There are both advantages and disadvantages to shopping online. When it comes to cars, bikes, boats, or any other vehicle, viewing online can certainly take a lot of hassle out of finding and buying a car. Some car manufacturers, including Hyundai, Mercedes-Benz and Volvo, are even piloting new approaches to online sales, called ‘digital dealerships’, in response to a younger generation that prefers to shop online.
However, having online options don’t mean you should caution to the winds. No matter how much knowledge you build, it isn’t advisable to buy a vehicle online without viewing it first. The facts offered about a vehicle, and the photographs provided, are no substitute for viewing it in person and having a test drive.
Research into the make and model will tell you which problems to look out for, and you can be sure these won’t be mentioned in the online listing or advert. You do need to see it to check for problems that could prove highly expensive in the long run.
Online browsing allows you to compare prices in your local area, and also find out if it’s worth travelling to a different area to buy, as prices differ between regions. Like property agents, car dealerships know they have to have an online presence if they’re to attract the business and build solid reputations.
Their vehicles are listed on the big car sales sites, and these in turn lead you back to their websites. The website is their shop window, so it’s where you’re going to see the best of their offers.
Many would agree that the biggest advantage of viewing online is dodging the forecourt sales pitch. If you need to email or ring the dealer for a price quote for a new car, you’re more likely to get the information you want, without the heavy persuasion.
Sales pitches are based on manipulating the customer’s largely emotion-driven response, and salesmen are highly trained in setting up a conversation to have the outcome they prefer, rather one that puts you first.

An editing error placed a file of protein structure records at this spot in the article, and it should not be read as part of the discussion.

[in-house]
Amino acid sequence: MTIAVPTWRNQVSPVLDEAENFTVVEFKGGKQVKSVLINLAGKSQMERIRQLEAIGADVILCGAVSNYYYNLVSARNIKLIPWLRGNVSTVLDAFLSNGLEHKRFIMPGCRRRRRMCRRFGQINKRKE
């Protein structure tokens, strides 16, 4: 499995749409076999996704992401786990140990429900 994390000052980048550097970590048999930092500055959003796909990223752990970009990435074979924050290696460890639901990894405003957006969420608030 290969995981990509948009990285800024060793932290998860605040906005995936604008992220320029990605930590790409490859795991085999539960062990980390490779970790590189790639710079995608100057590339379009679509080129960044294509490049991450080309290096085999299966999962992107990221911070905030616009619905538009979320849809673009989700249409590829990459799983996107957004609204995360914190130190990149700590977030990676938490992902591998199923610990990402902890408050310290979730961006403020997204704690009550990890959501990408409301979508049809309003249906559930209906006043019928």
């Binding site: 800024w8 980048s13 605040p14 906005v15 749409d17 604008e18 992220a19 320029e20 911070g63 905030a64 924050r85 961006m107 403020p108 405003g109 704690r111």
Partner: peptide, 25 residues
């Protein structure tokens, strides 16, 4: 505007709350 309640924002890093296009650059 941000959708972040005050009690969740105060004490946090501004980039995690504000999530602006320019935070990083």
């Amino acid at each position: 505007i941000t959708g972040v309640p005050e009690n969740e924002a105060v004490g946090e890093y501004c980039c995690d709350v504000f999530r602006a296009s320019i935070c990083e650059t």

Forewarned is forearmed - with time to consider prices and dealers, you can approach a car, bike or caravan dealer with all the facts at your fingertips. This means you have a better chance of entering the conversation from a position where you can’t be manipulated into a purchase. It also means that if you do start to negotiate on price or extras, you are starting with a cool head and knowledge of the marketplace.
When asking for the price, be sure to check that everything is included in a ‘drive away’ cost, so there are no hidden extras. Check it against typical market prices, using specialist sites such as www.redbook.com.au.
If you do enter negotiations online, make sure you still have the option to view the vehicle before signing on the dotted line. A good dealer will not object to this, as they will be confident in their stock and, if they sell to you, it will have been an easy sale. Some may even deliver if you live nearby.
The important point to remember is that even if you find your car from a dealer online, you don’t need to buy all the extras they offer. You certainly don’t need to take up their finance offers, as you are entitled to – and should – shop around for the deal that best suits your individual circumstances.